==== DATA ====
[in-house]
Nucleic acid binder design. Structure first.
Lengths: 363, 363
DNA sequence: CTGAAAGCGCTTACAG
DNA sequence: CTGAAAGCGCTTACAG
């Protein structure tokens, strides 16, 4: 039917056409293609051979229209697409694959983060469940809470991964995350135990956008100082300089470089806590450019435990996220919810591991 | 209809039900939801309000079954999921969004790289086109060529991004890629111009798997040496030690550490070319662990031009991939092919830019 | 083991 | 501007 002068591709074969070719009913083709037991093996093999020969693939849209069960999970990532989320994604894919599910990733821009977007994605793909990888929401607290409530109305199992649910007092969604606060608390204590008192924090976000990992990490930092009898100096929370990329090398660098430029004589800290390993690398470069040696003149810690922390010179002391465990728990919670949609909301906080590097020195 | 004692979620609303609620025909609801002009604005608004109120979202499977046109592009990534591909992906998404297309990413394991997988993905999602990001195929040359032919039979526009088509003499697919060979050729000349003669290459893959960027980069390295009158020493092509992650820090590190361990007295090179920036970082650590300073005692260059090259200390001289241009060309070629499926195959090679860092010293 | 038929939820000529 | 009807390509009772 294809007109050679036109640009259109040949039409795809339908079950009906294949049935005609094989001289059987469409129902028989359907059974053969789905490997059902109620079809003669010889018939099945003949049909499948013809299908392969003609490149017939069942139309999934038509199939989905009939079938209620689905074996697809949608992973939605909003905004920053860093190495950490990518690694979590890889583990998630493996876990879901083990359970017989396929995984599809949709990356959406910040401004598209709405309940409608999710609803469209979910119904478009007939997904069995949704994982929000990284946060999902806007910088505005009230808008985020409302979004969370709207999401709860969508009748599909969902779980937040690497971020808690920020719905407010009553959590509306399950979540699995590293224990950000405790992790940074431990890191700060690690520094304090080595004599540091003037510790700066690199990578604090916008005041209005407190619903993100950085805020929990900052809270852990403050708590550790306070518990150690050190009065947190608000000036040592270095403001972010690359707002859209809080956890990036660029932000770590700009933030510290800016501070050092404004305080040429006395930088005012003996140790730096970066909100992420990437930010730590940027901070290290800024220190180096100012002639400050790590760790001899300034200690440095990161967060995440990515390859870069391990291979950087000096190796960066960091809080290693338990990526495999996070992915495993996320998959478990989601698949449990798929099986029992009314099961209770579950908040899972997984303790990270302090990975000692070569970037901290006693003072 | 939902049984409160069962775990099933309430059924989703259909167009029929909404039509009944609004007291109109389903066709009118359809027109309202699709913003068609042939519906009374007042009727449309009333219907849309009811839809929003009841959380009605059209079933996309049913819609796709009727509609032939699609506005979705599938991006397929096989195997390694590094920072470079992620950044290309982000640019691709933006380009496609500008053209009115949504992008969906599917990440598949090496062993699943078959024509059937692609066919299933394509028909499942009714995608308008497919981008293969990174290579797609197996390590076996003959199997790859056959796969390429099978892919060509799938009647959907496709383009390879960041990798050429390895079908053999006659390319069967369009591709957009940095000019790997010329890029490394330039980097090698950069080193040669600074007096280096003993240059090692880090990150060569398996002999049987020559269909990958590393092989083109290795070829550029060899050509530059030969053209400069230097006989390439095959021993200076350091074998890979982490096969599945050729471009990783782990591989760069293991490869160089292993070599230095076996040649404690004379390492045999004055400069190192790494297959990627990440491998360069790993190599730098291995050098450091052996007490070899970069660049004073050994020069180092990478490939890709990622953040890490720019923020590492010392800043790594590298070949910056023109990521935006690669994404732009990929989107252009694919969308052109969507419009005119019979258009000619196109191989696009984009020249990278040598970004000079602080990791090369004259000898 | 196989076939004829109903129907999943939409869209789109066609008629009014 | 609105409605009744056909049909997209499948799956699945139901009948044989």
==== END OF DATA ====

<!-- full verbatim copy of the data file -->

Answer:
[in-house]
Nucleic acid binder design. Structure first.
Lengths: 363, 363
DNA sequence: CTGAAAGCGCTTACAG
DNA sequence: CTGAAAGCGCTTACAG
């Protein structure tokens, strides 16, 4: 039917056409293609051979229209697409694959983060469940809470991964995350135990956008100082300089470089806590450019435990996220919810591991 | 209809039900939801309000079954999921969004790289086109060529991004890629111009798997040496030690550490070319662990031009991939092919830019 | 083991 | 501007 002068591709074969070719009913083709037991093996093999020969693939849209069960999970990532989320994604894919599910990733821009977007994605793909990888929401607290409530109305199992649910007092969604606060608390204590008192924090976000990992990490930092009898100096929370990329090398660098430029004589800290390993690398470069040696003149810690922390010179002391465990728990919670949609909301906080590097020195 | 004692979620609303609620025909609801002009604005608004109120979202499977046109592009990534591909992906998404297309990413394991997988993905999602990001195929040359032919039979526009088509003499697919060979050729000349003669290459893959960027980069390295009158020493092509992650820090590190361990007295090179920036970082650590300073005692260059090259200390001289241009060309070629499926195959090679860092010293 | 038929939820000529 | 009807390509009772 294809007109050679036109640009259109040949039409795809339908079950009906294949049935005609094989001289059987469409129902028989359907059974053969789905490997059902109620079809003669010889018939099945003949049909499948013809299908392969003609490149017939069942139309999934038509199939989905009939079938209620689905074996697809949608992973939605909003905004920053860093190495950490990518690694979590890889583990998630493996876990879901083990359970017989396929995984599809949709990356959406910040401004598209709405309940409608999710609803469209979910119904478009007939997904069995949704994982929000990284946060999902806007910088505005009230808008985020409302979004969370709207999401709860969508009748599909969902779980937040690497971020808690920020719905407010009553959590509306399950979540699995590293224990950000405790992790940074431990890191700060690690520094304090080595004599540091003037510790700066690199990578604090916008005041209005407190619903993100950085805020929990900052809270852990403050708590550790306070518990150690050190009065947190608000000036040592270095403001972010690359707002859209809080956890990036660029932000770590700009933030510290800016501070050092404004305080040429006395930088005012003996140790730096970066909100992420990437930010730590940027901070290290800024220190180096100012002639400050790590760790001899300034200690440095990161967060995440990515390859870069391990291979950087000096190796960066960091809080290693338990990526495999996070992915495993996320998959478990989601698949449990798929099986029992009314099961209770579950908040899972997984303790990270302090990975000692070569970037901290006693003072 | 939902049984409160069962775990099933309430059924989703259909167009029929909404039509009944609004007291109109389903066709009118359809027109309202699709913003068609042939519906009374007042009727449309009333219907849309009811839809929003009841959380009605059209079933996309049913819609796709009727509609032939699609506005979705599938991006397929096989195997390694590094920072470079992620950044290309982000640019691709933006380009496609500008053209009115949504992008969906599917990440598949090496062993699943078959024509059937692609066919299933394509028909499942009714995608308008497919981008293969990174290579797609197996390590076996003959199997790859056959796969390429099978892919060509799938009647959907496709383009390879960041990798050429390895079908053999006659390319069967369009591709957009940095000019790997010329890029490394330039980097090698950069080193040669600074007096280096003993240059090692880090990150060569398996002999049987020559269909990958590393092989083109290795070829550029060899050509530059030969053209400069230097006989390439095959021993200076350091074998890979982490096969599945050729471009990783782990591989760069293991490869160089292993070599230095076996040649404690004379390492045999004055400069190192790494297959990627990440491998360069790993190599730098291995050098450091052996007490070899970069660049004073050994020069180092990478490939890709990622953040890490720019923020590492010392800043790594590298070949910056023109990521935006690669994404732009990929989107252009694919969308052109969507419009005119019979258009000619196109191989696009984009020249990278040598970004000079602080990791090369004259000898 | 196989076939004829109903129907999943939409869209789109066609008629009014 | 609105409605009744056909049909997209499948799956699945139901009948044989």